Wednesday, October 6, 2004
Leinart 'miles ahead' of last year
By Bruce Feldman ESPN The Magazine
Practice already had broken up. Most of the USC players had filed off the field. All except Trojan QB Matt Leinart who stood at the far end of the field Tuesday afternoon lofting up corner route after corner route to USC receivers. A few feet away, QB coach Carl Smith and Trojan offensive coordinator Norm Chow each observed like proud parents as the All-American quarterback floated the ball into the arms of his targets. Leinart wasn't perfect, though, and when he overshot Willie Buchanon, the junior QB jerked his head back and smacked his hands together as if he just misfired on a fourth-and-long play.
USC's Matt Leinart threw 38 TDs last season and he may be even better this year.
USC's biggest game of the year is only days away and Leinart knows on some level his season will be defined by what he does against Cal Saturday. The Bears, after all, did hand USC its only loss last season and in that game, Leinart threw three picks. Of course, that happened before Leinart had established himself as the Trojans' horse and as a Heisman frontrunner. Things are much different now. His star receivers Mike Williams and Keary Colbert are gone. His experienced O-line is too. Instead, all the buzz around Troy these days revolves around USC's game-breaking TB-WR-KR Reggie Bush, who has swiped some of Leinart's luster.
You could say Leinart's contracted Ken Dorseyitis, meaning in the media's eyes, he has been digested. Many are saying he's not even the best player in the Trojans backfield, much less the country (a la the Willis McGahee example in Dorsey's case.) Some have even gone so far to say Leinart's not the player he was last year. They're right. He's been much better.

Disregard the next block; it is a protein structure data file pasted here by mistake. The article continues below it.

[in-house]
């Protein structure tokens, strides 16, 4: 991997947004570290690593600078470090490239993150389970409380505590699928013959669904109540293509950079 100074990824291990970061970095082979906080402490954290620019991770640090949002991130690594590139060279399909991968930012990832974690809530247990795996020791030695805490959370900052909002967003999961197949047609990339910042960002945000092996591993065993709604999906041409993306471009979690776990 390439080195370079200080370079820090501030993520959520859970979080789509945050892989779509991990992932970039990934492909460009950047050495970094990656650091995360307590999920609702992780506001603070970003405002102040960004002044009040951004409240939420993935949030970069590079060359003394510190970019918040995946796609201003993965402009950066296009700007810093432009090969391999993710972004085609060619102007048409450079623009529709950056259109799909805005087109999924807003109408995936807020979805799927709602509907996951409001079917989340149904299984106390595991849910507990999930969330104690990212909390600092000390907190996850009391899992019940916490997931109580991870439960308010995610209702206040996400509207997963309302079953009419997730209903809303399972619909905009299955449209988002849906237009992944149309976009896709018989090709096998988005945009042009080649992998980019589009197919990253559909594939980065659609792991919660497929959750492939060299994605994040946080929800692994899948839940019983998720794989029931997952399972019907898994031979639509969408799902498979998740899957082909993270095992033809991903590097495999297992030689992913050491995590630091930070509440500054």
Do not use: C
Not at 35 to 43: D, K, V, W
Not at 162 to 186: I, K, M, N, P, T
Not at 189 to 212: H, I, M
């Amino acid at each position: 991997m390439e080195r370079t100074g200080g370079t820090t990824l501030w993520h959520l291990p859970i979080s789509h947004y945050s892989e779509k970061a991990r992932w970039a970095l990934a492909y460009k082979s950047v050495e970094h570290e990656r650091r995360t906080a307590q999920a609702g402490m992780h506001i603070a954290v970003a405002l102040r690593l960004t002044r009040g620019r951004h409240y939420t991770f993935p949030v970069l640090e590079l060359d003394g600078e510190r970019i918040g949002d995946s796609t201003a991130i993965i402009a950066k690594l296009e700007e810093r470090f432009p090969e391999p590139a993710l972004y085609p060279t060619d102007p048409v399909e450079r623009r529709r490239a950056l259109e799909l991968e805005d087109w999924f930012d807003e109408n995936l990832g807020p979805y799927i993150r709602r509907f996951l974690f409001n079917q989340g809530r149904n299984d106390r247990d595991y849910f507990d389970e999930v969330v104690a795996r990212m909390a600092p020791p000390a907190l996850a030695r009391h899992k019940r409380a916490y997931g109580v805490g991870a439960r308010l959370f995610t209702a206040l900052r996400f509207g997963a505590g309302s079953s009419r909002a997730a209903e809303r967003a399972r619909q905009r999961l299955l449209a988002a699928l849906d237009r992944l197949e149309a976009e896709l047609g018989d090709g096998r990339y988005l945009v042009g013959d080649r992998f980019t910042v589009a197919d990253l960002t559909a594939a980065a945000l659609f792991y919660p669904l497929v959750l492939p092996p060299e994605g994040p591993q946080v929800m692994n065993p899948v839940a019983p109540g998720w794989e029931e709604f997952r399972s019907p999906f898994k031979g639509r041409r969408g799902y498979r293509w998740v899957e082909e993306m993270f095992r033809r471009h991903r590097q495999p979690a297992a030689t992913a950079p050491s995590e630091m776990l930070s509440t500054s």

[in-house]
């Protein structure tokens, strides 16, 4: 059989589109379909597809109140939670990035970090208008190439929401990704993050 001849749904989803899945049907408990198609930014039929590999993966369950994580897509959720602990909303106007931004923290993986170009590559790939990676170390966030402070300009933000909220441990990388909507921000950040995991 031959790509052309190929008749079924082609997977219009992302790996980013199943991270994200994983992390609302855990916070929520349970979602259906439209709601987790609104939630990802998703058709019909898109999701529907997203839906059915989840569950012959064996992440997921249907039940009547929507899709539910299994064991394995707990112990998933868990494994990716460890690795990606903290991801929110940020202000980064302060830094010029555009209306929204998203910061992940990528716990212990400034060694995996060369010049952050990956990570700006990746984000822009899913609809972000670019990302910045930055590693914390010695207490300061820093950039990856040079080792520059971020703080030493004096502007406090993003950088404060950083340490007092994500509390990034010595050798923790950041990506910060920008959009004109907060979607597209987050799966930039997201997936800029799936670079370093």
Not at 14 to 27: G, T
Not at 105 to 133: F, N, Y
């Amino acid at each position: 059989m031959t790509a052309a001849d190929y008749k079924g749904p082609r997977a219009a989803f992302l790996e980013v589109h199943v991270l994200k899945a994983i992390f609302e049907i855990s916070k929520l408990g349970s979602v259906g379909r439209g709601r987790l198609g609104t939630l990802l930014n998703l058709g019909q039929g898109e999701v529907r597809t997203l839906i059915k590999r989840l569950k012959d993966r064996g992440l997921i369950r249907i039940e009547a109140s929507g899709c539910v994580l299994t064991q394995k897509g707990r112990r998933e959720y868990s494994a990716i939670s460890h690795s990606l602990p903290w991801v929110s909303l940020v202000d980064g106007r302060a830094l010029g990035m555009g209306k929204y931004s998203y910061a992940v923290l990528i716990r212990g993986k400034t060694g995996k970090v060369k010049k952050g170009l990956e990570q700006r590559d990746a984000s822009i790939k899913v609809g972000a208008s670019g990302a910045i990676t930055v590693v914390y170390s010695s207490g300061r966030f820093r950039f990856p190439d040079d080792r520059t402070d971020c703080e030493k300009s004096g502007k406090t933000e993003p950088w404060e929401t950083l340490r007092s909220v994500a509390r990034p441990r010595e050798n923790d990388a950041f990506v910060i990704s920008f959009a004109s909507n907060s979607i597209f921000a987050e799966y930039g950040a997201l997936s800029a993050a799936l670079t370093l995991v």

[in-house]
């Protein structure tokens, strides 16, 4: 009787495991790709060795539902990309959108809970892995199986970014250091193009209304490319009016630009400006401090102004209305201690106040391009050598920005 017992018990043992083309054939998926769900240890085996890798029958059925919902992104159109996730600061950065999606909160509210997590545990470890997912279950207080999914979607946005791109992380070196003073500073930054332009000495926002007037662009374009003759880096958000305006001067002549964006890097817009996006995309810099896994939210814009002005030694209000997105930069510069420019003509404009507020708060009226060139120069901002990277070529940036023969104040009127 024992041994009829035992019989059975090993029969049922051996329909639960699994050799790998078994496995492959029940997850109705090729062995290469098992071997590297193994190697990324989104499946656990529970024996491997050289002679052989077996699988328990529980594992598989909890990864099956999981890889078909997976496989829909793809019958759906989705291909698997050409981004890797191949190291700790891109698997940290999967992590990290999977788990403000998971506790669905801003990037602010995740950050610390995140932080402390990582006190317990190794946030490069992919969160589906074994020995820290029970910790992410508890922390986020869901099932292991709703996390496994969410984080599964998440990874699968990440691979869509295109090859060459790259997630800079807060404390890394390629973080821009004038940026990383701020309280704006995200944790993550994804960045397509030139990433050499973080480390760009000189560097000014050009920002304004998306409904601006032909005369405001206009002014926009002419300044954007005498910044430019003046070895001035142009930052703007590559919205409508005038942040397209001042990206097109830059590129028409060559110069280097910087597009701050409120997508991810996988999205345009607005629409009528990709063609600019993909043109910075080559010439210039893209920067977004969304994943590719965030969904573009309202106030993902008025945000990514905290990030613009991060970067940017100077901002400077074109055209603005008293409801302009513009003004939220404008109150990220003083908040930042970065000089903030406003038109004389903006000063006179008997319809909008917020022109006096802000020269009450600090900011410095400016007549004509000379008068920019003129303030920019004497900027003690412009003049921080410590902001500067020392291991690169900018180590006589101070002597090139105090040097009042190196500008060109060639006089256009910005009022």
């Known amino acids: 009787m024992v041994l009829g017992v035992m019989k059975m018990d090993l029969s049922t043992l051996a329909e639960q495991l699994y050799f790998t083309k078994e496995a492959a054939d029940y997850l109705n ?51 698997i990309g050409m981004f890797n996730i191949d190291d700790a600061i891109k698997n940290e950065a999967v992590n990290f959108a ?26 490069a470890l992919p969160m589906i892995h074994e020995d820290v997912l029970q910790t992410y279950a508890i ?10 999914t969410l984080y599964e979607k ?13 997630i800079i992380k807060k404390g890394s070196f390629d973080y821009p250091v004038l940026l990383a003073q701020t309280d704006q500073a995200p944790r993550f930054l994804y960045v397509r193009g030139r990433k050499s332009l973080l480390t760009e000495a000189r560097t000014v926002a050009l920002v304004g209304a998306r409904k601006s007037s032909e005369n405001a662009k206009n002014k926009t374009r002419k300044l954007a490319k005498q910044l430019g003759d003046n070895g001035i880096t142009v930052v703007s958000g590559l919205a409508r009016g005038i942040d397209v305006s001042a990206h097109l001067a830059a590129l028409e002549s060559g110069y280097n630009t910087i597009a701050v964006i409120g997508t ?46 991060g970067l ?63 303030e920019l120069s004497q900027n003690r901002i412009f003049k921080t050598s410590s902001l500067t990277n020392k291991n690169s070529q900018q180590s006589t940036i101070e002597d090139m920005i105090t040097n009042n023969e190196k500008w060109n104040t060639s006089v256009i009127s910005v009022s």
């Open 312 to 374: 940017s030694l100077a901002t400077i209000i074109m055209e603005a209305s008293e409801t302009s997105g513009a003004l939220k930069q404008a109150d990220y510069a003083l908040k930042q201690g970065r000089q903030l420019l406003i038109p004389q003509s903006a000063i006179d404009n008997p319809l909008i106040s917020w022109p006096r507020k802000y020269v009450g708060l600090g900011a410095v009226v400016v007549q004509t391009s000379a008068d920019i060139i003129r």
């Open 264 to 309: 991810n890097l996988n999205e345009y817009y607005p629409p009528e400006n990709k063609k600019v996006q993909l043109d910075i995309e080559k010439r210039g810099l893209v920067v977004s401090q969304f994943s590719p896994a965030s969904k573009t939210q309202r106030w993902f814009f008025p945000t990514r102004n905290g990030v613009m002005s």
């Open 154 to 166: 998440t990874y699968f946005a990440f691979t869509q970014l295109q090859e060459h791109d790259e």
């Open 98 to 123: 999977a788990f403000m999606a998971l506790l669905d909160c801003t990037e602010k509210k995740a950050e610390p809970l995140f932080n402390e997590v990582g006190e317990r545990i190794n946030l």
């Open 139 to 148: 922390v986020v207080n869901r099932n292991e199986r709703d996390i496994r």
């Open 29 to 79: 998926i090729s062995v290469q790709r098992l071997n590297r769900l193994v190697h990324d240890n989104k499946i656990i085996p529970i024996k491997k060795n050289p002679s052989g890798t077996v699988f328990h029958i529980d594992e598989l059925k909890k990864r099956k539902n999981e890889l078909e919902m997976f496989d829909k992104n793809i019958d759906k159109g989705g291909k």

Leinart's numbers through four games are dramatically better than they were at the same stage last year. His completion percentage has jumped from 58 percent to 68 percent. He's cut his INTs from 6 to 2 and his QB efficiency rating has gone from 132.27 to 155.11. Given all the personnel that he's lost, that's impressive.
"He's done a tremendous job because we don't have the veteran guys like last year," says Chow. "Sure his numbers could be better -- he could have numbers like (Kyle) Orton, but that doesn't matter to him. All he wants to do is win."
Leinart downplayed any revenge factor. He said he took the loss at Cal personally, but so much is different now. "Last year is last year," he says. "This is a whole new year. I didn't play well last time, but I was a young guy finding my way. I'm a bit more seasoned now. I feel like, in comparison, I am miles ahead of where I was. I was just trying to hold down my spot back then. I wasn't the player I would be three weeks later. The game has definitely slowed down more."
Richie Incognito, the embattled former All-Big 12 O-lineman, won't be playing for the Oregon Ducks in 2005. Mike Bellotti released Incognito from his program, saying the former Nebraska center failed to meet certain conditions.
So what happened?
"Richie just realized he doesn't want to sit out a season then wait and play another season," says the lineman's father Richie Incognito Sr. "He did say Oregon has a great program up there but after all was said and done, he feels its useless to sit out a season and start all over again in the spring."
Great battle this week in the Big Ten with Michigan and its conference-leading run D (1.5 ypc) hosting Minnesota. The Gophers feature the run-away leader in the Big Ten ground game (at 323 yards per game, almost twice what the second-best team is doing). The thunder-and-lightning tandem of Marion Barber III and Laurence Maroney gets all the attention, but a big key for the Gophers attack is not only standout center Greg Eslinger's ability to pull, but their O-linemen's style of cut blocking, something that is hard for rival Big Ten teams to prepare for. Linebackers get chopped on virtually every snap. Since a lot of teams don't often face that style it makes it that much more effective because defenders must protect their legs.